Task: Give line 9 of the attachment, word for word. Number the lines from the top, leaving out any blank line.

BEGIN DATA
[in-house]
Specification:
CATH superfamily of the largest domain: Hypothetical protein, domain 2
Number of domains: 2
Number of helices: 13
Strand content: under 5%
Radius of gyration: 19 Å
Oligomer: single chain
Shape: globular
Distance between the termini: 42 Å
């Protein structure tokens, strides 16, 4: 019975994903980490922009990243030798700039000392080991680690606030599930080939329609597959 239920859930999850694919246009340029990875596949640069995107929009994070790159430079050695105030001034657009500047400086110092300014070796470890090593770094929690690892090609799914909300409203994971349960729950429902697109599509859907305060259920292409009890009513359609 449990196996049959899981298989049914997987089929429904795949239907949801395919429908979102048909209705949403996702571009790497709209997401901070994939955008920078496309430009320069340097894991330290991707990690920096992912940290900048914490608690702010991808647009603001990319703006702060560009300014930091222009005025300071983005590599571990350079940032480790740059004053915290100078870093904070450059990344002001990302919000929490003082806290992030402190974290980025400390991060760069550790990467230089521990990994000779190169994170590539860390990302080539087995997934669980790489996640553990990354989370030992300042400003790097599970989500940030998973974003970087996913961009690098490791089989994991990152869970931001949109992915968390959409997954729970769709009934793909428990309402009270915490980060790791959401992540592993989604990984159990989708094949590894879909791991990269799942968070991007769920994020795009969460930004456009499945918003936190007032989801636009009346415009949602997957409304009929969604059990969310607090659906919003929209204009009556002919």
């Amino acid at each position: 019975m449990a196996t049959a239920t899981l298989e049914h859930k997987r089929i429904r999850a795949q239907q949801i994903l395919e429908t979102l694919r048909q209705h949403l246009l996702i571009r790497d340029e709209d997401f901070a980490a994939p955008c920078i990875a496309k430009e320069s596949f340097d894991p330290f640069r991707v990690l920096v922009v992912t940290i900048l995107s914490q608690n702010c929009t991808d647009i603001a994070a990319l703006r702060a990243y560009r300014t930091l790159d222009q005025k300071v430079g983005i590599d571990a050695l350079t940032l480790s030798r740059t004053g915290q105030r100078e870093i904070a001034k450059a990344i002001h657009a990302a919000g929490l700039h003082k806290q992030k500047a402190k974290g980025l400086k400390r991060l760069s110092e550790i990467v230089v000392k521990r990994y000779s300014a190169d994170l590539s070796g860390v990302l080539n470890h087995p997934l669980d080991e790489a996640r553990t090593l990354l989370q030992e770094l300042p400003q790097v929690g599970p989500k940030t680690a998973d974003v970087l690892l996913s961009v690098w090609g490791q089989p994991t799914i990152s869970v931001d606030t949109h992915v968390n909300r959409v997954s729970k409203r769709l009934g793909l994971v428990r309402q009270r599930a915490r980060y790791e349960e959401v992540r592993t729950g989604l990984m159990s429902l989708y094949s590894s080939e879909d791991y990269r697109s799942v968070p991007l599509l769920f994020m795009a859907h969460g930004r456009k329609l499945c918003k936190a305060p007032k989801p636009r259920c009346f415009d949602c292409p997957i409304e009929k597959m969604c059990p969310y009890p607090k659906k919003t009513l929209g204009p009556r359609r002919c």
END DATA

Shape: globular